It was stipulated that the janitor, Robert Alvardo, would testify that when he opened the door to the complainant's apartment he observed the complainant crying on the floor and a black male sitting in a wicker chair and that when he left the complainant's apartment he called the complainant's mother. It was further stipulated that Joan Taylor, the complainant's mother, received a telephone call, that she went to her daughter's apartment and that when she arrived the complainant told her that she had been raped. The stipulated medical examination of the complainant proved positive for vaginal sperm.

Defendant called Officer Raymond Behnke, who testified that he talked to the complainant in her apartment on the day of the incident and that she gave him the following description of her assailant: late twenties, dark complected, moustache and, as Behnke estimated based on the complainant's description, five feet, four inches tall and 170 pounds.

Testifying in his own defense, defendant stated that he was not in the complainant's apartment on the day of the incident. He further stated that while in custody at the police station he participated in a lineup, that he was asked by an officer to wear in the lineup the burgundy and white jacket he had on when he was arrested and that pictures were taken of the lineup. Defendant also testified that on the day following his arrest, while in custody at the police station but before he participated in the lineup, a policeman took his picture, at which time he had on the burgundy and white jacket that he was wearing at the time of his arrest.

Cross- and redirect examination of the defendant disclosed that at the time of his arrest defendant resided at 4224 North Ashland, that his height was 5'10", that he was 28 years old, was not married and that he was not working on the day of the incident. At the close of this testimony defendant rested.

Defendant then made a motion to suppress the complainant's in-court identification testimony on the grounds that it was improper for the police to have the defendant appear in a lineup wearing the same clothing (burgundy and white jacket) that he wore in the photograph which was previously shown the complainant. The complainant selected this photograph of the defendant from an array of others prior to her lineup identification of the defendant. Defendant further argued that the pictures shown the complainant should have been "produce[d] in open court, during pretrial examination, or at trial." Additionally, he argued that because his attorney was not notified that he (defendant) would appear in a lineup, the complainant's identification of the defendant was "impermissible, suggestive and therefore tainted."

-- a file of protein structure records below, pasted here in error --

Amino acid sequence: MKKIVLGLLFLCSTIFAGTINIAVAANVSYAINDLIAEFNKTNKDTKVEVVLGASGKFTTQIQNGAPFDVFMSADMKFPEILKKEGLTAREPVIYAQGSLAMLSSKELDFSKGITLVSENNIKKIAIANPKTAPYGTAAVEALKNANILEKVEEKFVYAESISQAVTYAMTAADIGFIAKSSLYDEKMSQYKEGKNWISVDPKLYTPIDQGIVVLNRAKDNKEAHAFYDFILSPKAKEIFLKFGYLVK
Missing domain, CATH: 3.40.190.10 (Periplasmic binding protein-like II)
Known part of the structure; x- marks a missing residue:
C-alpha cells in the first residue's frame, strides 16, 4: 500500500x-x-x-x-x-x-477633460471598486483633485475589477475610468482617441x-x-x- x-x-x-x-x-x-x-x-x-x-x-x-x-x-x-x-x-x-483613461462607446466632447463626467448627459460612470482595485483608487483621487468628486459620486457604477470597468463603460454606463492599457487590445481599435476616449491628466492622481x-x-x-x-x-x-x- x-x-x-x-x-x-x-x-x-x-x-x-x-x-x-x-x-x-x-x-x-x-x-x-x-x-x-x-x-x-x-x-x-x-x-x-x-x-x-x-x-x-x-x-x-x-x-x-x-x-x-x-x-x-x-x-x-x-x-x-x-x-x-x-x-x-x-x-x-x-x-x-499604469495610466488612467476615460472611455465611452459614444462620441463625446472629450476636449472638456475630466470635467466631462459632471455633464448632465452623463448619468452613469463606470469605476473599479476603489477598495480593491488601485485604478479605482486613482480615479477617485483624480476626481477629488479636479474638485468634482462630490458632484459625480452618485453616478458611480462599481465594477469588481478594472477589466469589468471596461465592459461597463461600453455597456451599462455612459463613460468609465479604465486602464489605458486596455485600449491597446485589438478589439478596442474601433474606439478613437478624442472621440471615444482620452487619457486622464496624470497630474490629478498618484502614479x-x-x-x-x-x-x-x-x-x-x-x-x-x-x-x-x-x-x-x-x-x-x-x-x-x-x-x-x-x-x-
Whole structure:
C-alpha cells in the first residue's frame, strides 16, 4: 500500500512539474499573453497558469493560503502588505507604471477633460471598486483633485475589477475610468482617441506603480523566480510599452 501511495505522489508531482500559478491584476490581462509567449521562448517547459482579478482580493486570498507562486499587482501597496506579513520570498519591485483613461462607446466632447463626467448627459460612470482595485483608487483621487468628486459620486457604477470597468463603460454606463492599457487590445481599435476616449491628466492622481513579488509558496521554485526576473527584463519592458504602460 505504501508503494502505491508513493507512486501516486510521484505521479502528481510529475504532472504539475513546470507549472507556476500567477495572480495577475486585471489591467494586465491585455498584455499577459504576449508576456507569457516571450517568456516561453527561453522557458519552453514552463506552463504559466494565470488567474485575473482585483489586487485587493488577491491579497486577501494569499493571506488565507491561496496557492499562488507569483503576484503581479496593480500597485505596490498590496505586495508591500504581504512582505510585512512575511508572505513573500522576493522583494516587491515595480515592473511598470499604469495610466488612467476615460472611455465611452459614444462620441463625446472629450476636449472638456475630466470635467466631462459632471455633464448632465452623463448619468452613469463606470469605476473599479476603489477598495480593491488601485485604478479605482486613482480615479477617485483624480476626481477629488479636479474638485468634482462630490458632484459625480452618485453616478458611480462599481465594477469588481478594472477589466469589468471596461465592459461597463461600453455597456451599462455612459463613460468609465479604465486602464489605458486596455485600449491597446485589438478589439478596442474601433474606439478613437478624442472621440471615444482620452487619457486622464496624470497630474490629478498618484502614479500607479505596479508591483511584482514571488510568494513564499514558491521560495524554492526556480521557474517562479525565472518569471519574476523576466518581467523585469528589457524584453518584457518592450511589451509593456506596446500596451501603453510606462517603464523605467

The trial judge denied defendant's motion to suppress the complainant's in-court identification on the grounds that "there is not enough here to suggest that there was suggestiveness." It was then stipulated that defendant had seven felony convictions, four of which occurred within the past 10 years. Those four convictions were theft, attempted murder, armed robbery and aggravated battery. The trial court stated that the complainant was a very credible witness who "had over an hour, in the middle of the daytime to view her assailant," and that the complainant was corroborated by (1) the janitor's stipulated testimony that he opened the complainant's apartment door and saw her nude and crying on the floor; (2) her prompt rape outcry to her mother; and (3) the stipulation of the microbiologist that the complainant's vaginal tests were positive for sperm.

The trial court further determined that the complainant's ability to describe the defendant was "relatively accurate," that the complainant's description of the defendant as 190 pounds, moustache and maroon and gray jacket were accurate, and that the defendant admitted that he owned and wore "that jacket" on the day he was arrested.

The record in the case at bar reveals that the defendant was brought before the court on a series of charges for which the court appointed a public defender to represent him. These series of charges did not include the instant offenses. The preliminary hearing on these series of charges was continued, and the defendant was returned to the lockup. Police officers subsequently removed the defendant from the lockup and placed him in a lineup to be viewed by the complainant for the instant offenses. Defendant contends that this was done without notice to his court-appointed counsel and without admonition to him of his right to counsel at the lineup in violation of his sixth amendment right to counsel. The State responds that the defendant's court-appointed attorney was not appointed to represent the defendant for the offenses for which the defendant was placed in the lineup, i.e., the instant case, that the defendant had not yet been charged with commission of the instant offenses at the time he was placed in the lineup, and that adversarial proceedings in the instant offenses thus had not been initiated. Furthermore, the State contends, defendant was advised of his right to counsel at the lineup, but he knowingly waived this right.

The record shows that Detective Heitmann, who was called by the defendant on his motion to suppress the complainant's identification evidence, testified as follows:

"Q. Detective Heitmann, was Mr. Purnell asked to participate in this lineup?

A. Yes.

Q. And did he voluntarily consent to do so?